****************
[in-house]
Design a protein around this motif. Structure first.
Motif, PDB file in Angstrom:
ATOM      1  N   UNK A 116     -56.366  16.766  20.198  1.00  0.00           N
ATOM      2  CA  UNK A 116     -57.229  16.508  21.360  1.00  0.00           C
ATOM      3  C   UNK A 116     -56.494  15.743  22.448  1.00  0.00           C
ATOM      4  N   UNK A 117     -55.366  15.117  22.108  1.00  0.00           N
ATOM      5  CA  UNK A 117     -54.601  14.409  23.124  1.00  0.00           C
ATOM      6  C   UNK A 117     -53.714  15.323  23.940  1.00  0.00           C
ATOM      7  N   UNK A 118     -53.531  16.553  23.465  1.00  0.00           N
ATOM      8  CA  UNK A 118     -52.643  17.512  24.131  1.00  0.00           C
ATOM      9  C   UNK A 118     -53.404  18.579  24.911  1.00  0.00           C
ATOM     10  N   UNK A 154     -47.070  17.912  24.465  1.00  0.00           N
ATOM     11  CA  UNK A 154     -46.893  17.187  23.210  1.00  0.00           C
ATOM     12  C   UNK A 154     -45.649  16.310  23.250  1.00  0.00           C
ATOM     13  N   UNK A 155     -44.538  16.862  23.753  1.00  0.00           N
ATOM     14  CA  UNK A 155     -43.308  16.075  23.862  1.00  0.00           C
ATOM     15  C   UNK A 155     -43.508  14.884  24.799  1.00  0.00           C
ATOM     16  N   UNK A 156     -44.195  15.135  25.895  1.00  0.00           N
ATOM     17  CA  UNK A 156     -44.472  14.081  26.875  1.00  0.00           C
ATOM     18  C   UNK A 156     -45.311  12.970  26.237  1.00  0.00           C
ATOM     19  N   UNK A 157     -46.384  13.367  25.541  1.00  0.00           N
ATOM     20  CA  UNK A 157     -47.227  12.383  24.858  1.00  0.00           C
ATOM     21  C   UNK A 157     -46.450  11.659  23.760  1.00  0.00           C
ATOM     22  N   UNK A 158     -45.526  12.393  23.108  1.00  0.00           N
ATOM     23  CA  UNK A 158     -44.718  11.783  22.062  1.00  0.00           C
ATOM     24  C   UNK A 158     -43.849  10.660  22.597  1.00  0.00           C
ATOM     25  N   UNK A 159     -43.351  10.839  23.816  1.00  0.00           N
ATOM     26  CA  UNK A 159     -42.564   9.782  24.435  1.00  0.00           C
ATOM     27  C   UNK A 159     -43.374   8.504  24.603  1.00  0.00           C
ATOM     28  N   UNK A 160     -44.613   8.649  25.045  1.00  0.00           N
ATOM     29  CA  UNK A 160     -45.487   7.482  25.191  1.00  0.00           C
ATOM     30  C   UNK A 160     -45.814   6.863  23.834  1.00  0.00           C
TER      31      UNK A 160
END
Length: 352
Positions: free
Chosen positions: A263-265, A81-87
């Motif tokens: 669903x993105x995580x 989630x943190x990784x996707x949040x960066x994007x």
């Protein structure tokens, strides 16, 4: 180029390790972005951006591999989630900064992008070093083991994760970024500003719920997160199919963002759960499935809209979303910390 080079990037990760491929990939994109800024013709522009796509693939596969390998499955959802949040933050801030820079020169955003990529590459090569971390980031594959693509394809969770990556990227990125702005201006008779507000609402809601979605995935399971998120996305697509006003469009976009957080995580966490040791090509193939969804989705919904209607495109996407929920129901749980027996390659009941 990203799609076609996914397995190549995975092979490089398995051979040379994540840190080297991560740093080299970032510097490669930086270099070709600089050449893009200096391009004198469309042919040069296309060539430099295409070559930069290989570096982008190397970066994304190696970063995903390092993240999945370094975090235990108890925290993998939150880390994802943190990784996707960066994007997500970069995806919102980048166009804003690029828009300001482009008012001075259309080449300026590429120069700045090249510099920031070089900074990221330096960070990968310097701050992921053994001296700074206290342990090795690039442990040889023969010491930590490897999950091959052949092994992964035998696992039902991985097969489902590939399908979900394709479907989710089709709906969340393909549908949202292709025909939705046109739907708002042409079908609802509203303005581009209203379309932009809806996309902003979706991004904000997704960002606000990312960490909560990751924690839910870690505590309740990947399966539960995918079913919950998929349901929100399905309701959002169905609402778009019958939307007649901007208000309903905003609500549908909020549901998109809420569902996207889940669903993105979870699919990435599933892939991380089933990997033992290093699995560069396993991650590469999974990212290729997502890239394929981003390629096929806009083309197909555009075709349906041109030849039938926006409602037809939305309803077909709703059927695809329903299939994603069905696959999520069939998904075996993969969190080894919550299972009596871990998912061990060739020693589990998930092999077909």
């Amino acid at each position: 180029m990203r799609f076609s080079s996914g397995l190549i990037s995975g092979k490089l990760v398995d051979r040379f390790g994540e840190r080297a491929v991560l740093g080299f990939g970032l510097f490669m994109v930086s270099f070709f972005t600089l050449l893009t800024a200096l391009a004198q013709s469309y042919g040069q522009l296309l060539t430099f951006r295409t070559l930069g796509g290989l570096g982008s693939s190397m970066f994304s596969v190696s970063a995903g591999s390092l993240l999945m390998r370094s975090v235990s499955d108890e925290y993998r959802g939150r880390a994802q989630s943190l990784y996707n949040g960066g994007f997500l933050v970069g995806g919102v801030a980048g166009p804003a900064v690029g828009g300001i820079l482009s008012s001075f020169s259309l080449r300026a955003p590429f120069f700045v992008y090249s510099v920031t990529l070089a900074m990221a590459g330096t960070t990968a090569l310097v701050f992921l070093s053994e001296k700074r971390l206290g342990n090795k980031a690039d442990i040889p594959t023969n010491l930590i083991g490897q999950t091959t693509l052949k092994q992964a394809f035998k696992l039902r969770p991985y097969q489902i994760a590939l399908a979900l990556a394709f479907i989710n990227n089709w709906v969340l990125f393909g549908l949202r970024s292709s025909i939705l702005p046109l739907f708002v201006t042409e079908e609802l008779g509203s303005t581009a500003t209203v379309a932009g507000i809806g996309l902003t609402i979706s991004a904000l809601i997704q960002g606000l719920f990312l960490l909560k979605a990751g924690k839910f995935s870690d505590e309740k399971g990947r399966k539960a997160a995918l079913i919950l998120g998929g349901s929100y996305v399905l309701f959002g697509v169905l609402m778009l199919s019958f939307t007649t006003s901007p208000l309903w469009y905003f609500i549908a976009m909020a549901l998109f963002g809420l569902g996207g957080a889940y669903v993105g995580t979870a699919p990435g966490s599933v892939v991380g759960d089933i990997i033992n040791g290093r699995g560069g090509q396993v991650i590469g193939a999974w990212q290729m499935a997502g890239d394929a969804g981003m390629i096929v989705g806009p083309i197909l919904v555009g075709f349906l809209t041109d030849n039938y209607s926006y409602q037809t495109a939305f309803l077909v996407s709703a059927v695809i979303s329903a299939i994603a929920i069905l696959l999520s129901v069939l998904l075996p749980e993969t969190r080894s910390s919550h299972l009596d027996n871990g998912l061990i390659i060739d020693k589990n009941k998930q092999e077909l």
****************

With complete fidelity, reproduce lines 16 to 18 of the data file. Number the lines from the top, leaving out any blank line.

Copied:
ATOM     13  N   UNK A 155     -44.538  16.862  23.753  1.00  0.00           N
ATOM     14  CA  UNK A 155     -43.308  16.075  23.862  1.00  0.00           C
ATOM     15  C   UNK A 155     -43.508  14.884  24.799  1.00  0.00           C